The Yule Log
The celebration of Yule is one of the oldest winter celebrations in the world. The Ancient were hunters, who spent most of their time outdoors and the seasons and weather patterns had a very important impact on their lives. History shows that the customs and traditions associated with Yule varied widely but, the most common were a hearty feast, wassailing (caroling), drinking, dancing and having fun.
The name Yule comes from the old Norse jól and Old English géohol which was a season of hunting after the harvest was done. This fell in what we now call December and the Yuletide, season lasted from the end of November to the beginning weeks of January. The feast of Yule lasted three days over the Winter Solstice and marked the beginning of the new year. The original Yule log, was a specially selected, large log burnt on a hearth and this tradition is believed to have been derived from Germanic paganism and the traditions of bonfires. Once it had been incorporated into Christianity, the practice called for the log to burn until Twelfth Night, (January 6th). When the fire was finished, a remaining piece of log would be saved under the bed for good luck and be used for the lighting of the next year’s fire. The Christmas Ham is also said to have its origins in the Yuletide traditions, as was the practice of hanging mistletoe.
The custom of burning a Yule log was widespread in France, where the most commonly used term is ‘bûche de noël’. In Burgundy, gifts would be hidden under the log. Prayers were offered as the log was lighted in Brittany and in Provence, where the custom is still widely observed, the log is paraded three times around the house by grandfather, then blessed with wine. As fireplaces became smaller and cities became larger, the practicalities of hauling a large log into the lounge room, to then let it burn for twelve days became less practical and eventually both too difficult and quite dangerous. Sometime in the 19th century, logs that burned in fireplaces were replaced by much smaller logs, decorated and placed as a centerpiece on the table.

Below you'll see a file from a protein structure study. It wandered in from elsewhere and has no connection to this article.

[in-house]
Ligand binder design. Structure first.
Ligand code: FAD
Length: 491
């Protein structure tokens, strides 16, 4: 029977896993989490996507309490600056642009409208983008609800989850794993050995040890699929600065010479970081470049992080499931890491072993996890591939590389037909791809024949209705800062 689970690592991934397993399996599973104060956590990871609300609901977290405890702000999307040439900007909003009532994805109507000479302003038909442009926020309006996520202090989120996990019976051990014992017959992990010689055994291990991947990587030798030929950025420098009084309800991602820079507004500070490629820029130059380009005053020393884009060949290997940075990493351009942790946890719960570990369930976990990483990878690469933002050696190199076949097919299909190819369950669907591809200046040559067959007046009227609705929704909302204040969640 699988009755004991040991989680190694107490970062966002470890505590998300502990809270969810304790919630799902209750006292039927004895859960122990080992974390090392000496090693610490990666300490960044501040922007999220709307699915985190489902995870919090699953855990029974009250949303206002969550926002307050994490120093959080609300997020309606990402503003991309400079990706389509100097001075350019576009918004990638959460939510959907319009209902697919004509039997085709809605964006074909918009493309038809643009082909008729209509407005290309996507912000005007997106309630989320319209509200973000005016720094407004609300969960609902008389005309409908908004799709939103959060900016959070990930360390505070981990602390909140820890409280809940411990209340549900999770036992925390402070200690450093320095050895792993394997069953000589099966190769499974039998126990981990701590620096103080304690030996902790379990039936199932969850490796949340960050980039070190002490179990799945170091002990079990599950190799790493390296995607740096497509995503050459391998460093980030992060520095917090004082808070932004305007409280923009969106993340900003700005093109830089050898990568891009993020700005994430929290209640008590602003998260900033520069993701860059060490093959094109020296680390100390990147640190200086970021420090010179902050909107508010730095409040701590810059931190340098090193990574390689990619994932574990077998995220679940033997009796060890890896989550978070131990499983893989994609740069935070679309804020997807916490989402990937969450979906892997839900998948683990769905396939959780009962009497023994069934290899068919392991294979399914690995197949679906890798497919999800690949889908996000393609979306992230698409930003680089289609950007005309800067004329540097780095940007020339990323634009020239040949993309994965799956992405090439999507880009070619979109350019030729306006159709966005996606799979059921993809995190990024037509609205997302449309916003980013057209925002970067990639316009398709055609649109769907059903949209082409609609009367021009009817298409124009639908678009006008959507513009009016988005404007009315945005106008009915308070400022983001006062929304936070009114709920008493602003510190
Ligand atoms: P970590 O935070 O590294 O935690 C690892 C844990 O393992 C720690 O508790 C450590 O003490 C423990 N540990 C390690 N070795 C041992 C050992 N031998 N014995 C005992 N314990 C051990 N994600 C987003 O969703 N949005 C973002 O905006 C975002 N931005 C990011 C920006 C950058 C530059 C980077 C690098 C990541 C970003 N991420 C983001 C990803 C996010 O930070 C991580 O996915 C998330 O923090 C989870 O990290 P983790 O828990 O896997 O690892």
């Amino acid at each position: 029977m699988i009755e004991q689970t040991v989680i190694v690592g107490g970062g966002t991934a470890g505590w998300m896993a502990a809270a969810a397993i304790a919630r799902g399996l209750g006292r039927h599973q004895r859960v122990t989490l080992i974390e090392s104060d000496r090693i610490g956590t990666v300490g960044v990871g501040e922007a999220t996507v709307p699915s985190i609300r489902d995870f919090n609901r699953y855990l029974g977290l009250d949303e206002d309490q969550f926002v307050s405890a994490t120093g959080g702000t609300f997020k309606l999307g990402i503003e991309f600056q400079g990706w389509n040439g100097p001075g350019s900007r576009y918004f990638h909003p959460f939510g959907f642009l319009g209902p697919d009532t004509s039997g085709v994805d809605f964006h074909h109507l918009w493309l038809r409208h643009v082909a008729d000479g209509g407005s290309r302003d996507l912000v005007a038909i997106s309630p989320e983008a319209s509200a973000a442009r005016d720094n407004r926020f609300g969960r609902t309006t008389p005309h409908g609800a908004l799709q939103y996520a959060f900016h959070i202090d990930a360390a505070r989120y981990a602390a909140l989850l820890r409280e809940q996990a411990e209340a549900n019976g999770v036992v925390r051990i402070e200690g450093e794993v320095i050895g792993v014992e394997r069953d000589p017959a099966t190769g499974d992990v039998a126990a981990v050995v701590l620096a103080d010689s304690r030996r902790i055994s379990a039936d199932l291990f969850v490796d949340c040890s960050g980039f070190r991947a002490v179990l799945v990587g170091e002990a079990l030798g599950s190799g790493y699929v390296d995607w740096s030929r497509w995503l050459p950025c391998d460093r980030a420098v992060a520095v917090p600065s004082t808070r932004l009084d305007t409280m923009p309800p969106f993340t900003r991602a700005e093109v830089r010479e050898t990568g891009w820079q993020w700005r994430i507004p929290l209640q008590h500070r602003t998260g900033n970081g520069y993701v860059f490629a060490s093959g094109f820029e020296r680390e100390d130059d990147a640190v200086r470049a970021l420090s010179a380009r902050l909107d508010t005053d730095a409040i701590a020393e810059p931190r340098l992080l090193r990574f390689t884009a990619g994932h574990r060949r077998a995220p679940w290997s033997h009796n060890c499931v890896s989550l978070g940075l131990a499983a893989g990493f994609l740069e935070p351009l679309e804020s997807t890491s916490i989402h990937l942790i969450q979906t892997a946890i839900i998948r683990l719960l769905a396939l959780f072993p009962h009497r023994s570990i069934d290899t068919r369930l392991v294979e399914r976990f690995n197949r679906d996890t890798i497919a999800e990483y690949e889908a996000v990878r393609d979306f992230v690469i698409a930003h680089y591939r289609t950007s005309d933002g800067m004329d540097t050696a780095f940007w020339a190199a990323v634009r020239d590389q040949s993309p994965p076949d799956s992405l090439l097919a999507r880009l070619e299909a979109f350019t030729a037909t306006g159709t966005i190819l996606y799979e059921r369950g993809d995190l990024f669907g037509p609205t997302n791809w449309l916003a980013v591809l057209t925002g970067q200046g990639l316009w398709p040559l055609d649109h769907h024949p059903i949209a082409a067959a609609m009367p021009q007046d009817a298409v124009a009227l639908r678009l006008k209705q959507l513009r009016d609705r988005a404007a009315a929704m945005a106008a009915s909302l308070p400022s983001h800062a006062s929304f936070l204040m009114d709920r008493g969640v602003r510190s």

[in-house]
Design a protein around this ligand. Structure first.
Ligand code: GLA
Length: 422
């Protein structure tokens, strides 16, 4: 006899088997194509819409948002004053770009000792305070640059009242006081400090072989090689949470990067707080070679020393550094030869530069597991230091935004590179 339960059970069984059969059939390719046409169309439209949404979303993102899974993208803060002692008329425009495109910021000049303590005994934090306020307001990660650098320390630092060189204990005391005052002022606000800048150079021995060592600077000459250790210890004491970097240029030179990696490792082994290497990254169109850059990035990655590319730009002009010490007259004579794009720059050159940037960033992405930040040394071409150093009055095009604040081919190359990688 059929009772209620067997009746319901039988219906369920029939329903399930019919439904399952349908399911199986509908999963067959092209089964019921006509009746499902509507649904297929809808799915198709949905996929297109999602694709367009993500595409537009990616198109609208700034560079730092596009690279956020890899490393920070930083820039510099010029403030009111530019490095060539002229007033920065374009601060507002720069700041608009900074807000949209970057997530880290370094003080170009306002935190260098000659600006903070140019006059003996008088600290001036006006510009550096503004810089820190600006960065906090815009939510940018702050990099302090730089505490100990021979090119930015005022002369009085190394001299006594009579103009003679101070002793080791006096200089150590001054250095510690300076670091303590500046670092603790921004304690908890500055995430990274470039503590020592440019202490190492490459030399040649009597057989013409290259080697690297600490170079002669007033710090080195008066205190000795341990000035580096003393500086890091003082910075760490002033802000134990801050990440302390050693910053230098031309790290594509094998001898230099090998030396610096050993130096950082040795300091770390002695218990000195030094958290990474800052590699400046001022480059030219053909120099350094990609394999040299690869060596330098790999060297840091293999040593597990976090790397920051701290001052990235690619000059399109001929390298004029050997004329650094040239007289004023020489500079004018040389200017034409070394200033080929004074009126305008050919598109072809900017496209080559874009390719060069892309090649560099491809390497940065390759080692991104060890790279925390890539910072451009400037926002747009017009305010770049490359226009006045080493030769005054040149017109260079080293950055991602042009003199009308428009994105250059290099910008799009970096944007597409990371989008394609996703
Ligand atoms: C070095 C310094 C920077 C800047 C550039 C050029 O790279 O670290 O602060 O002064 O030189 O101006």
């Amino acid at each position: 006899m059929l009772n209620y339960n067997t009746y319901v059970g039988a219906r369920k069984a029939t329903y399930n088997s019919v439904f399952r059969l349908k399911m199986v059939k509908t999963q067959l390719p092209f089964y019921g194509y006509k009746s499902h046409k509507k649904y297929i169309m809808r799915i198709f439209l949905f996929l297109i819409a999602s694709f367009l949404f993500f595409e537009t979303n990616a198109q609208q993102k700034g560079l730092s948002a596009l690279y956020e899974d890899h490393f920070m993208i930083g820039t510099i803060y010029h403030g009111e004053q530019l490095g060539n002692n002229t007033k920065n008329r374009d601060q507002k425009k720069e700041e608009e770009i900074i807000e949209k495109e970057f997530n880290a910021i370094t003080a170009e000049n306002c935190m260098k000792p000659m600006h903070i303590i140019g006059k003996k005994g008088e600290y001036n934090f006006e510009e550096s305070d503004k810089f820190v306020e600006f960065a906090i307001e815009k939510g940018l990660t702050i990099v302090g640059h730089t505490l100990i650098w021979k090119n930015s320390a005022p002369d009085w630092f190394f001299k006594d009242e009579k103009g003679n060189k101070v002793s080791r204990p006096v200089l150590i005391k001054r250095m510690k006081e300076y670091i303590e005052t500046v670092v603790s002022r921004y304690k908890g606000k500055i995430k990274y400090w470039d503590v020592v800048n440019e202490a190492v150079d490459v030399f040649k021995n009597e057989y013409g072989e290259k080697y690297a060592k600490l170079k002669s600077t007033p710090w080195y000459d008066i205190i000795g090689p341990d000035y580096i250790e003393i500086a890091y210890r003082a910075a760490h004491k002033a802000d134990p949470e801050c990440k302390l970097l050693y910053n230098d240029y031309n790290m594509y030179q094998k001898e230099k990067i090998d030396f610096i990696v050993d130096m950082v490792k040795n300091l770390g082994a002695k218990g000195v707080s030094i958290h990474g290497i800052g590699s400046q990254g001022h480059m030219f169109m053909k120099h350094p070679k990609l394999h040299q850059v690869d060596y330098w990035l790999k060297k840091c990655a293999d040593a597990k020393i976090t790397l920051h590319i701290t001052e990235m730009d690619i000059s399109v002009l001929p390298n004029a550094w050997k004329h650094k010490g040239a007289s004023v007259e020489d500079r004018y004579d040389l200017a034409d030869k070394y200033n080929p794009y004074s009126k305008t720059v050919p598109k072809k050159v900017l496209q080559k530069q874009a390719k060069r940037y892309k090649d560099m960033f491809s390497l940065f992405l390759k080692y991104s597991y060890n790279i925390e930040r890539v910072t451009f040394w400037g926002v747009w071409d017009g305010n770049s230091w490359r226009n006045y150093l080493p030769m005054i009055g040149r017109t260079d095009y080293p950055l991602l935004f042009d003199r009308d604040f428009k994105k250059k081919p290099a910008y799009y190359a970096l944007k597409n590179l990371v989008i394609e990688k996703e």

Throughout France and much of the world, the custom has long been replaced by the preparation of a log-shaped cake, also named Bûche de Noël. Usually a Chocolate Yule Log is made of sponge cake, a sweet roulade decorated and made to resemble the actual original Yule Log.
No one is quite sure who invented the first Yule Log cake, or exactly when it started. Several stories exist in folklore. Was it the Parisian pastry chef Antoine Caradot, on the rue de Bucy in 1879? Or did it come the city of Lyon in the 1860s? Or perhaps it was Prince Charles III of Monaco’s ice cream and pastry chef, Pierre Lacam in 1898? What we do know, is that before too long, all over France the symbolic Yule Logs where replaced at the table by these new and delectable Yule Log cakes.